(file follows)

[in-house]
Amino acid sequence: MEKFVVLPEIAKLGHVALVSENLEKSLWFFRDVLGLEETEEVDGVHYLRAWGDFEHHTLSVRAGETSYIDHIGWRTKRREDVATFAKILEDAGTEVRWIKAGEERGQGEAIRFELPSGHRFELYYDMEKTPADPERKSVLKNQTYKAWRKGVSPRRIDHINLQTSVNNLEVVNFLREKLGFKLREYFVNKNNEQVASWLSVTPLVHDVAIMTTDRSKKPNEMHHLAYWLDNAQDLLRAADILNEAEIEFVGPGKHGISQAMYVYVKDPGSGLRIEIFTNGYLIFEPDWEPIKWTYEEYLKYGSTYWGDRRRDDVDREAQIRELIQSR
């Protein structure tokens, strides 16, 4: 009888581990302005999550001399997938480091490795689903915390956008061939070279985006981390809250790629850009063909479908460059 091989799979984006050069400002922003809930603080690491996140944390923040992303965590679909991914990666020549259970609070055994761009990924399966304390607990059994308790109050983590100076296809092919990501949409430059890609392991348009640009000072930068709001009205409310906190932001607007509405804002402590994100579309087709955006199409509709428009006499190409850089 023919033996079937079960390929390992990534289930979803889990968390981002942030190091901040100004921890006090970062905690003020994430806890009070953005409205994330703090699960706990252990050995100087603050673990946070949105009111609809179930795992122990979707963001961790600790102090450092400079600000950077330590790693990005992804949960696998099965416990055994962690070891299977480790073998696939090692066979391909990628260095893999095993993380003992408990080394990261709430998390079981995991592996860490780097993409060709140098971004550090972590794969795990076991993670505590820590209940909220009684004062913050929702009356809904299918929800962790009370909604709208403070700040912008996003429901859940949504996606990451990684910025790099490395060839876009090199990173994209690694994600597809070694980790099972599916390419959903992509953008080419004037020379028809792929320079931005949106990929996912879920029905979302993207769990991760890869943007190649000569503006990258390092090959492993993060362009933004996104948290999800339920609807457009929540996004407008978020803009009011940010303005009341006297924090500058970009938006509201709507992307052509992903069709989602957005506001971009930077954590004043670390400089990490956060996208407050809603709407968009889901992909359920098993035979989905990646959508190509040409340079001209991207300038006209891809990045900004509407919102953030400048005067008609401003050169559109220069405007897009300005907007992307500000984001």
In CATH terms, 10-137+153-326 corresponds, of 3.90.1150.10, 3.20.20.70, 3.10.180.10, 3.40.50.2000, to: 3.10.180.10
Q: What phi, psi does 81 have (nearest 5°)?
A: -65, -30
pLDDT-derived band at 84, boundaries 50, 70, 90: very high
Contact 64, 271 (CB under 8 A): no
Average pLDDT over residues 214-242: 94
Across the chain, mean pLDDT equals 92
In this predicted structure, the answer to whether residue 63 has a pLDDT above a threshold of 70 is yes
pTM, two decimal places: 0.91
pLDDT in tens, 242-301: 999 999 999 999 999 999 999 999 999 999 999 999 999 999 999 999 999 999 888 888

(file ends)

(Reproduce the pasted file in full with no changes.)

[in-house]
Amino acid sequence: MEKFVVLPEIAKLGHVALVSENLEKSLWFFRDVLGLEETEEVDGVHYLRAWGDFEHHTLSVRAGETSYIDHIGWRTKRREDVATFAKILEDAGTEVRWIKAGEERGQGEAIRFELPSGHRFELYYDMEKTPADPERKSVLKNQTYKAWRKGVSPRRIDHINLQTSVNNLEVVNFLREKLGFKLREYFVNKNNEQVASWLSVTPLVHDVAIMTTDRSKKPNEMHHLAYWLDNAQDLLRAADILNEAEIEFVGPGKHGISQAMYVYVKDPGSGLRIEIFTNGYLIFEPDWEPIKWTYEEYLKYGSTYWGDRRRDDVDREAQIRELIQSR
């Protein structure tokens, strides 16, 4: 009888581990302005999550001399997938480091490795689903915390956008061939070279985006981390809250790629850009063909479908460059 091989799979984006050069400002922003809930603080690491996140944390923040992303965590679909991914990666020549259970609070055994761009990924399966304390607990059994308790109050983590100076296809092919990501949409430059890609392991348009640009000072930068709001009205409310906190932001607007509405804002402590994100579309087709955006199409509709428009006499190409850089 023919033996079937079960390929390992990534289930979803889990968390981002942030190091901040100004921890006090970062905690003020994430806890009070953005409205994330703090699960706990252990050995100087603050673990946070949105009111609809179930795992122990979707963001961790600790102090450092400079600000950077330590790693990005992804949960696998099965416990055994962690070891299977480790073998696939090692066979391909990628260095893999095993993380003992408990080394990261709430998390079981995991592996860490780097993409060709140098971004550090972590794969795990076991993670505590820590209940909220009684004062913050929702009356809904299918929800962790009370909604709208403070700040912008996003429901859940949504996606990451990684910025790099490395060839876009090199990173994209690694994600597809070694980790099972599916390419959903992509953008080419004037020379028809792929320079931005949106990929996912879920029905979302993207769990991760890869943007190649000569503006990258390092090959492993993060362009933004996104948290999800339920609807457009929540996004407008978020803009009011940010303005009341006297924090500058970009938006509201709507992307052509992903069709989602957005506001971009930077954590004043670390400089990490956060996208407050809603709407968009889901992909359920098993035979989905990646959508190509040409340079001209991207300038006209891809990045900004509407919102953030400048005067008609401003050169559109220069405007897009300005907007992307500000984001």
In CATH terms, 10-137+153-326 corresponds, of 3.90.1150.10, 3.20.20.70, 3.10.180.10, 3.40.50.2000, to: 3.10.180.10
Q: What phi, psi does 81 have (nearest 5°)?
A: -65, -30
pLDDT-derived band at 84, boundaries 50, 70, 90: very high
Contact 64, 271 (CB under 8 A): no
Average pLDDT over residues 214-242: 94
Across the chain, mean pLDDT equals 92
In this predicted structure, the answer to whether residue 63 has a pLDDT above a threshold of 70 is yes
pTM, two decimal places: 0.91
pLDDT in tens, 242-301: 999 999 999 999 999 999 999 999 999 999 999 999 999 999 999 999 999 999 888 888